How to Use the Postgres Count Select

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Introduction

In PostgreSQL, the COUNT() function returns the number of rows in a specified table, and a SELECT statement returns records that match the specified query conditions. Used together, this function and statement can take your PostgreSQL queries to the next level and return the number of records that meet the criteria specified in the query. In this article, we’ll show how to use Postgres COUNT and SELECT in tandem to find out how many records are returned from a given query.

Prerequisites

Before you go any further with this tutorial, make sure that PostgreSQL is installed on your computer. You’ll need to use the database to perform your SELECT COUNT statements. You’ll also need to have some introductory knowledge of PostgreSQL in order to follow along with the examples provided in this article.

PostgreSQL COUNT SELECT

The following syntax is used when the COUNT() function is used in conjunction with a SELECT statement:

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SELECT COUNT ( [*], [DISTINCT] [column_name] ) FROM TABLE_NAME;

Let’s dig a little deeper into the syntax shown above:

  • SELECT – This is used to select certain columns from the database.

  • COUNT – This is used to count the number of records in this table.

  • DISTINCT – This clause is used to eliminate duplicates from the returned records.

  • Asterisk (*) – Using the asterisk is equivalent to selecting all the columns in a table.

  • column_name – This represents the name of the column for which you want to count the records.

  • table_name – This represents the name of the table for which you want to count the records.

PostgreSQL Count Function Examples

We’ll be using a table named countries in our examples:

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 country_id |       country_name       |   continent   | code
------------+--------------------------+---------------+------
         35 | South Africa             | Africa        | AF
         14 | Canada                   | North America | NA
         51 | Cuba                     | North America | NA
         41 | Mexico                   | North America | NA
         45 | United States OF America | North America | NA
         85 | Argentina                | South America | SA
         37 | Venezuela                | South America | SA
         63 | Philippines              | Asia          | AS
         83 | China                    | Asia          | AS
         22 | Russia                   | Asia          | AS
         21 | United Arab Emirates     | Asia          | AS
         62 | Germany                  | Europe        | EU
         73 | Italy                    | Europe        | EU
         28 | United Kingdom           | Europe        | EU

SELECT COUNT all example

For our first example, we’ll count the number of rows in the table:

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SELECT COUNT(*) AS number_of_rows FROM countries;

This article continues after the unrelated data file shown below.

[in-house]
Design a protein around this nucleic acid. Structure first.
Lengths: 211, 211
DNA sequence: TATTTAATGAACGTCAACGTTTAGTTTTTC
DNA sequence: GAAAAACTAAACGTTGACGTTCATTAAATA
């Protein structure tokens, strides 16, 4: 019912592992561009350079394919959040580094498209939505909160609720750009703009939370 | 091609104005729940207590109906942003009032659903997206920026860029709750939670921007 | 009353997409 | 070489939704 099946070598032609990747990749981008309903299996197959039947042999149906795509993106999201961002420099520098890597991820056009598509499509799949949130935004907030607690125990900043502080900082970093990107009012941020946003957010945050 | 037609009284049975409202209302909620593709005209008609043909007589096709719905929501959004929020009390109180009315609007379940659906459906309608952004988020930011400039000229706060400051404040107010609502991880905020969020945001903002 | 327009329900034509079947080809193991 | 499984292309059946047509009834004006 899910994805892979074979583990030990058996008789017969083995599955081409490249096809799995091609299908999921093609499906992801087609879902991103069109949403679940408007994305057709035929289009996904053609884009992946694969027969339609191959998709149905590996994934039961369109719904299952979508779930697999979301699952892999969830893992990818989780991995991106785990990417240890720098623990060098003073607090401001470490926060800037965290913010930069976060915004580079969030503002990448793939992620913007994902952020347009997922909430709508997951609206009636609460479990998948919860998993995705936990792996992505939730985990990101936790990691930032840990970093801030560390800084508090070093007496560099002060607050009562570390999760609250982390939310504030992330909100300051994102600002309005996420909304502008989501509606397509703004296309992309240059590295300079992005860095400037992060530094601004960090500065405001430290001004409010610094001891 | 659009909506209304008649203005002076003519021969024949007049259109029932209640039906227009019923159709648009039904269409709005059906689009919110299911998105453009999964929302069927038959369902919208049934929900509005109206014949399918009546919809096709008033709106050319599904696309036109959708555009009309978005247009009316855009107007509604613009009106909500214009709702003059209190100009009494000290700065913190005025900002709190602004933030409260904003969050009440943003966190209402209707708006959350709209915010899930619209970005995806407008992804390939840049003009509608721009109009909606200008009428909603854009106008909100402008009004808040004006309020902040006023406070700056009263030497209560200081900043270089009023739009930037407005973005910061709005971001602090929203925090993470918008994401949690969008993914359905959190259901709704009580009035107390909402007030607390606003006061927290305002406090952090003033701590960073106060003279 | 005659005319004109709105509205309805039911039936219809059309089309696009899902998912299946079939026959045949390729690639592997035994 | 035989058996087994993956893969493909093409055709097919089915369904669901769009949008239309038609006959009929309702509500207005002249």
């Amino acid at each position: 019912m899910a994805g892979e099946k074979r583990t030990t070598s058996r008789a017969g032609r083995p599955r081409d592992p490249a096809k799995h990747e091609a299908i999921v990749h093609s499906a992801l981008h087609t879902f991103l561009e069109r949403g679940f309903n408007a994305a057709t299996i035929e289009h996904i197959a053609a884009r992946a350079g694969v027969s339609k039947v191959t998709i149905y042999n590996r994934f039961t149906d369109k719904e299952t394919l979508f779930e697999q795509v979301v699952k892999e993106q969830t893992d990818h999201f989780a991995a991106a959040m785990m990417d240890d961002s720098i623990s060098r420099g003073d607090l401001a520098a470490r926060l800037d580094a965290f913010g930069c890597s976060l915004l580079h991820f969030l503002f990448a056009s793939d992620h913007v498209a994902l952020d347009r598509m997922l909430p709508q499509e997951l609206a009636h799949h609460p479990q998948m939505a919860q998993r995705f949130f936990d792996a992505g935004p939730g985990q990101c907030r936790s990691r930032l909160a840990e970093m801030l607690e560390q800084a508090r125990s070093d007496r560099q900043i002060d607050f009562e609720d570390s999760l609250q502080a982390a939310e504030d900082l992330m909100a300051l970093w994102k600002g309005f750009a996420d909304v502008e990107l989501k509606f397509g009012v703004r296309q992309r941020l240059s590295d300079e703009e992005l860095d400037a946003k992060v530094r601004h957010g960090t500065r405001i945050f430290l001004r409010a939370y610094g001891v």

The result of this query will look like the following:

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 number_of_rows
----------------
             14

Notice that we’ve used an alias by including the AS clause to specify the new name of the column.

The result only includes one column, since the only data being returned is the number of rows in the table.

COUNT column example

Next, let’s try to count the number of rows in a specified column.

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SELECT COUNT("country_name") AS number_of_rows FROM countries;

The result of this query can be seen below:

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 number_of_rows
----------------
             14

The result is the same as the first example since this query also counts the total number of rows in the table.

Count distinct example

Let’s try a more complex example this time. We’ll use the DISTINCT clause and count the number of rows in the column named “continent”:

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SELECT COUNT( DISTINCT continent ) FROM countries;

The result of this query will be a little different:

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 COUNT
-------
     5

In this query, the result is only five because the DISTINCT function removes any duplicate values found in the records.

COUNT GROUP BY

Our next example will make use of the GROUP BY clause. We’ll count the number of rows for each value found in the column named “code”:

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SELECT code, COUNT(code)
FROM countries
GROUP BY code;

Here’s the result of our query:

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 code | COUNT
------+-------
 NA   |     4
 SA   |     2
 AF   |     1
 AS   |     4
 EU   |     3

Conclusion

When you’re querying a PostgreSQL table, there are times when you need the number of records that match certain conditions more than you need the actual records themselves. Using the Postgres COUNT and SELECT together can help you get the results you need. In this article, we provided several examples that use the PostgreSQL SELECT statement in conjunction with the COUNT() function. If you follow along with these examples, you’ll be prepared to create similar queries for your own PostgreSQL tables.

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